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Looe RNLI volunteers rescue two persons and a dog cut off by tide at Portwrinkle

Lifeboats News Release

Earlier this afternoon, Saturday 29 September 2018, Looe RNLI volunteers went to the aid of two persons and their dog who were cut off by the tide in a small cove to the west of Portwrinkle

Stock image - Looe RNLI’s inshore lifeboats Atlantic 85 Sheila and Dennis Tongue II and D Class Ollie Naismith launching from Looe

RNLI/Ian Foster

Stock image - Looe RNLI’s inshore lifeboats Atlantic 85 Sheila and Dennis Tongue II and D Class Ollie Naismith launching from Looe

The volunteer crew escorted the casualties over the rocks onto the D Class inshore lifeboat and took them back to Downderry.

Earlier this afternoon Falmouth Coastguard control centre received a 999 call from a kayaker reporting two persons with a dog cut off by the tide in a small cove to the west of Portwrinkle. Looe RNLI volunteer crew were paged at 4.57 pm and quickly launched both inshore lifeboats. First to arrive on scene was the charity’s Atlantic 85 Sheila and Dennis Tongue II, with the incoming tide breaking over rocks on the foreshore the Atlantic 85 was unable to reach the casualties so one of the crew from the D Class inshore lifeboat Ollie Naismith made his way 20 feet over rocks to reach the casualties. Finding the casualties uninjured our crew helped the group back over the rocks onto the D Class lifeboat. With the two casualties and their dog safely on board they were taken back to the slipway on Downderry beach.

Both Looe RNLI volunteer helms commented that it would have been a far more difficult rescue had it not been for the prompt action from the kayaker realising the persons were in difficulty and making the 999 call to the coastguard. With nowhere safe to shelter from the incoming tide the beach would have completely covered in water within two hours and there was no easy way up the cliff. They recommend when walking along the beaches or coastline to check the tide times and always carry a means of calling for help.

The inshore lifeboats returned to station where they were washed down, refuelled and made ready for service by 6pm.

End

Notes to editors

Photos:

· Stock image - Looe RNLI’s inshore lifeboats Atlantic 85 Sheila and Dennis Tongue II and D Class Ollie Naismith launching from Looe
Photo credit RNLI / Ian Foster

· Looe RNLI’s Atlantic 85 inshore lifeboat Sheila and Dennis Tongue II returning to Looe
Photo credit RNLI / Ian Foster

· Looe RNLI’s D Class inshore lifeboat Ollie Naismith returning to Looe
Photo credit RNLI / Ian Foster

· For further information on Looe RNLI Lifeboats please visit our website www.looelifeboats.co.uk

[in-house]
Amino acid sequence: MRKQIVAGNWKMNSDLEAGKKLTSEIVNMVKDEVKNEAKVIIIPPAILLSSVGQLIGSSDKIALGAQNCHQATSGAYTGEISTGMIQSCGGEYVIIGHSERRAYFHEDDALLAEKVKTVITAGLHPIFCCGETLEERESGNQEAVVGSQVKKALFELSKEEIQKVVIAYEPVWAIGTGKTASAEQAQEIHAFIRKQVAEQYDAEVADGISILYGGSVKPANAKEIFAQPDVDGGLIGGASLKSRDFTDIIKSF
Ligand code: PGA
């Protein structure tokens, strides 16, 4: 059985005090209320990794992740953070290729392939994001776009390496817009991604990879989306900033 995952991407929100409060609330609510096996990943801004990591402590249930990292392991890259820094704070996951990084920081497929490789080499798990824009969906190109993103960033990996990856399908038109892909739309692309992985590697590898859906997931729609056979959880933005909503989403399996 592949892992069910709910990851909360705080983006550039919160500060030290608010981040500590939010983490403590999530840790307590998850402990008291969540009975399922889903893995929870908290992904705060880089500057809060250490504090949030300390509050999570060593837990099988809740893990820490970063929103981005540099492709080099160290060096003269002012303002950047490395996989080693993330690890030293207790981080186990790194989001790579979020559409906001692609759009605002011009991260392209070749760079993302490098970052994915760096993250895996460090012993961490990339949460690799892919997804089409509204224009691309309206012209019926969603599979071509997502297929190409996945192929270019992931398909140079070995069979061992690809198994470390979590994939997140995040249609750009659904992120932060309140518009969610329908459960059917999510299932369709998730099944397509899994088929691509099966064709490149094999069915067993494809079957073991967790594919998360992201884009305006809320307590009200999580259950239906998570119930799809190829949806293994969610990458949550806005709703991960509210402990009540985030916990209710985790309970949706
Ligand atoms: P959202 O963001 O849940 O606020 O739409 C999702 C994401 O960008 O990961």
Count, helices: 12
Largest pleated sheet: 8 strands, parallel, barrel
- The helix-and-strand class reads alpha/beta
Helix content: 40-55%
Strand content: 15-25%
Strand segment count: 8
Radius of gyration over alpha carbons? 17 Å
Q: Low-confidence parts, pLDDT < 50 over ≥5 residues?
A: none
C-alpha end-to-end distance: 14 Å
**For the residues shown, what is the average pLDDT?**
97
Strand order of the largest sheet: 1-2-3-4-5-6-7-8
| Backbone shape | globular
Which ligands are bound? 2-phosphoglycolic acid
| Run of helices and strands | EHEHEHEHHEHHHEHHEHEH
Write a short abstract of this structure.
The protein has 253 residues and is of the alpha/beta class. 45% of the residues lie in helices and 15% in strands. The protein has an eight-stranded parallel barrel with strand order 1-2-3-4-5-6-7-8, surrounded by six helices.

· Looe RNLI Facebook page www.facebook.com/LooeRNLI

RNLI media contacts

For more information please telephone Ian Foster, RNLI Volunteer Lifeboat Press Officer for Looe Lifeboat Station, on 07902 753228 or looelpo@ianfoster.com or ian_foster@rnli.org.uk

or

Amy Caldwell, RNLI Regional Media Manager, on 07920 818807 or amy_caldwell@rnli.org.uk

or

Emma Haines, RNLI Regional Media Officer, on 07786 668847 or emma.haines@rnli.org.uk

Alternatively you can contact the RNLI Duty Press Officer on 01202 336789
Looe RNLI’s Atlantic 85 inshore lifeboat Sheila and Dennis Tongue II returning to Looe

RNLI/Ian Foster

Looe RNLI’s Atlantic 85 inshore lifeboat Sheila and Dennis Tongue II returning to Looe
Looe RNLI’s D Class inshore lifeboat Ollie Naismith returning to Looe

RNLI/Ian Foster

Looe RNLI’s D Class inshore lifeboat Ollie Naismith returning to Looe

Key facts about the RNLI

The Royal National Lifeboat Institution is the charity that saves lives at sea. Our volunteers provide a 24-hour search and rescue service in the United Kingdom and Ireland from 238 lifeboat stations, including four along the River Thames and inland lifeboat stations at Loch Ness, Lough Derg, Enniskillen and Lough Ree. Additionally the RNLI has more than 1,000 lifeguards on over 240 beaches around the UK and operates a specialist flood rescue team, which can respond anywhere across the UK and Ireland when inland flooding puts lives at risk.

The RNLI relies on public donations and legacies to maintain its rescue service. As a charity it is separate from, but works alongside, government-controlled and funded coastguard services. Since the RNLI was founded in 1824 our lifeboat crews and lifeguards have saved at least 140,000 lives. Volunteers make up 95% of the charity, including 4,600 volunteer lifeboat crew members and 3,000 volunteer shore crew. Additionally, tens of thousands of other dedicated volunteers raise funds and awareness, give safety advice, and help in our museums, shops and offices.

Learn more about the RNLI

For more information please visit the RNLI website or Facebook, Twitter and YouTube. News releases, videos and photos are available on the News Centre.

Contacting the RNLI - public enquiries

Members of the public may contact the RNLI on 0300 300 9990 or by email.

 

The RNLI is a charity registered in England and Wales (209603) and Scotland (SC037736). Charity number 20003326 in the Republic of Ireland

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